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Questions and Answers / Ab EarthBox "Collar?"
« Last post by greatgardens on December 30, 2018, 04:31:05 am »
For several years, I've wanted to try a slight modification on one or two of my EarthBoxes. It would be the addition of a collar around the top of the EB to make it slightly deeper -- say about 3".  The first question that I always get is "why?"  The answer is an increase in the area for roots, and in particular for a drier area since there should be less wicking as we get higher from the reservoir.  Also, some plants in the EB do not seem to like the constant wet feet, and within reason, the amount of perlite added to the planting mix seems to make little difference. Another possible reason is that with two plant per box, some varieties do not grow as large as they do in garden soil. Eggplant is one that seems to produce more under-sized fruits vs the garden. So good or bad, those are my reasons. It may fail as an experiment, but I want to try it.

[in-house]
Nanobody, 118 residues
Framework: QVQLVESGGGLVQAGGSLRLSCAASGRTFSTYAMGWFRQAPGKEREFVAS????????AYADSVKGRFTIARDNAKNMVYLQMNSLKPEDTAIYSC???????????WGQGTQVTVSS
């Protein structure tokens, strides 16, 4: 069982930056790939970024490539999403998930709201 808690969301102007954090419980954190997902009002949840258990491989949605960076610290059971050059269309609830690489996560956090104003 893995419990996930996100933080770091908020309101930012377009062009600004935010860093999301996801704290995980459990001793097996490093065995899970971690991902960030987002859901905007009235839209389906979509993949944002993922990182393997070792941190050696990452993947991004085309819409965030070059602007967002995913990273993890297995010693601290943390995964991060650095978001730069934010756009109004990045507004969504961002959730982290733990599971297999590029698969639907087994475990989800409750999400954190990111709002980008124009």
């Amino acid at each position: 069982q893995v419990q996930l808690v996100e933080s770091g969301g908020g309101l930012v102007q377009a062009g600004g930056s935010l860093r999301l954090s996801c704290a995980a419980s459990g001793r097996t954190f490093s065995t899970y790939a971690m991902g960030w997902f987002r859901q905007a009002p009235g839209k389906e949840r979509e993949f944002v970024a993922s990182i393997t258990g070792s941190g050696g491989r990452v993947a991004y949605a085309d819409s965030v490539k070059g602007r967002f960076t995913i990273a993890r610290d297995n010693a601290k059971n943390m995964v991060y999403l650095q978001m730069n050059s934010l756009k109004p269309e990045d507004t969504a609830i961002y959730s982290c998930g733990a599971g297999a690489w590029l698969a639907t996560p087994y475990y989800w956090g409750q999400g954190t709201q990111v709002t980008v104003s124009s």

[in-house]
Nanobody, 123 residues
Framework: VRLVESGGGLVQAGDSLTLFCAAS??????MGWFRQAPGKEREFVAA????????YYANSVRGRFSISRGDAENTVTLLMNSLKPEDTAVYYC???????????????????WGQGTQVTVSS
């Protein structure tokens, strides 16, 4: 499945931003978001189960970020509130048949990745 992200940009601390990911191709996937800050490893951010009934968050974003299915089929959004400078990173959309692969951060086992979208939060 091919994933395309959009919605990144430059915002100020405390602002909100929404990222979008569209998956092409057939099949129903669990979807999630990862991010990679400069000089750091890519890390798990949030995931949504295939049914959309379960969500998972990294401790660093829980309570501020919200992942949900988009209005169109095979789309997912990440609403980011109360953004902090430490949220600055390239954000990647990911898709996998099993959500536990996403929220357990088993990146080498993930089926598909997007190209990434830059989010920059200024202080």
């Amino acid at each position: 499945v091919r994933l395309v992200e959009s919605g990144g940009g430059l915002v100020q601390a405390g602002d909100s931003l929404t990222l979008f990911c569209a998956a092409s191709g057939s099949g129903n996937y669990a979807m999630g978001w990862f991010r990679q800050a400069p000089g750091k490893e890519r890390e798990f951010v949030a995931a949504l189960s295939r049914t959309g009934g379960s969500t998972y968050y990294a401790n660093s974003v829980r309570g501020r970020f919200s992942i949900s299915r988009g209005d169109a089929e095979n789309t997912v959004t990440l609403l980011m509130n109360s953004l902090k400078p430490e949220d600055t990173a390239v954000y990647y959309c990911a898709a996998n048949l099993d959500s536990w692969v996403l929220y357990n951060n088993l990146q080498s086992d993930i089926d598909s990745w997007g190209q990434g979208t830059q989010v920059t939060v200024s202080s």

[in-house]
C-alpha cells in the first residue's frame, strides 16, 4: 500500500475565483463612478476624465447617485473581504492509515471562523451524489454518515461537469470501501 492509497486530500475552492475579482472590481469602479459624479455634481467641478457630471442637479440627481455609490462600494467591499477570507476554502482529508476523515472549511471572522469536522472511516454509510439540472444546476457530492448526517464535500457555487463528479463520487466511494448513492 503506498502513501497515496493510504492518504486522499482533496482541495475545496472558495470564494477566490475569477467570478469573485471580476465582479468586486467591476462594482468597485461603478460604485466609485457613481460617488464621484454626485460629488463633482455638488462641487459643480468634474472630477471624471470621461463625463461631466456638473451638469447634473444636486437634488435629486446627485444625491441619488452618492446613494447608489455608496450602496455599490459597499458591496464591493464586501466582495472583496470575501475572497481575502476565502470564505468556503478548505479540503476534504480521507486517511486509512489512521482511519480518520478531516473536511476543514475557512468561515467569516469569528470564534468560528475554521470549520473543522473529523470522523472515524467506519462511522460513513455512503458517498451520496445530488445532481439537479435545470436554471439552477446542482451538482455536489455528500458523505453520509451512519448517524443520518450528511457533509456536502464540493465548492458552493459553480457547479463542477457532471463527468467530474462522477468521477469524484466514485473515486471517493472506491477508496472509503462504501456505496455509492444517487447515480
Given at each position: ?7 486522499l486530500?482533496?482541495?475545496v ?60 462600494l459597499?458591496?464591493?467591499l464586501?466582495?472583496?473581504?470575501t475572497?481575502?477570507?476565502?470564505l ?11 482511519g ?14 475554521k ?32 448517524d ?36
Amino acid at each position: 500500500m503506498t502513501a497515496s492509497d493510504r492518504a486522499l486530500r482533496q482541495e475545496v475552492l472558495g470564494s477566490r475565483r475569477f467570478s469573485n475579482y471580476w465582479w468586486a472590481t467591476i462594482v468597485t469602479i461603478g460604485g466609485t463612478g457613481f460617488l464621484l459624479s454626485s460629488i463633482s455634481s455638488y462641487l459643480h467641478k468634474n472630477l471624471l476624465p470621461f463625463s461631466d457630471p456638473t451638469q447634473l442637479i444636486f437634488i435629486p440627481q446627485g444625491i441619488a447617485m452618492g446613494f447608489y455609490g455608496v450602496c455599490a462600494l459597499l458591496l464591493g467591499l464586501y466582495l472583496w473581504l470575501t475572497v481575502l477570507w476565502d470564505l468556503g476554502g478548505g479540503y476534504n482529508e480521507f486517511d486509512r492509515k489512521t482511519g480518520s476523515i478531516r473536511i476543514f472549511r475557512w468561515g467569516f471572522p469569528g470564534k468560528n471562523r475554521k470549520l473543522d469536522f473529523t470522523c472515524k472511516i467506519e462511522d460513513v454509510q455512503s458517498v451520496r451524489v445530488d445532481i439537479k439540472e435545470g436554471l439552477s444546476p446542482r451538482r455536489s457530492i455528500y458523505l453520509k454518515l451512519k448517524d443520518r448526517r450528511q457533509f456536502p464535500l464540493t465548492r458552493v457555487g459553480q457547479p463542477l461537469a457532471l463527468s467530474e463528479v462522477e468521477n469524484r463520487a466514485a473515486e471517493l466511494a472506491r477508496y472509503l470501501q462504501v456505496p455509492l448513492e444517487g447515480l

Now the real question -- what to use as a material to make the collar?  It should be easily available, non-toxic, and will still co-exist with the cover and fill tube. (I have an extension for the tube, so that is not an issue.)  Things I've toyed with -- cedar planking (but it is pretty thick which creates some issues with the fill tube).  Landscape edging -- but I have concerns about what that stuff is made from.  I could sacrifice an old EB, but I do hate to destroy a perfectly good box. So... do you have a suggestion for the collar material? Thanks.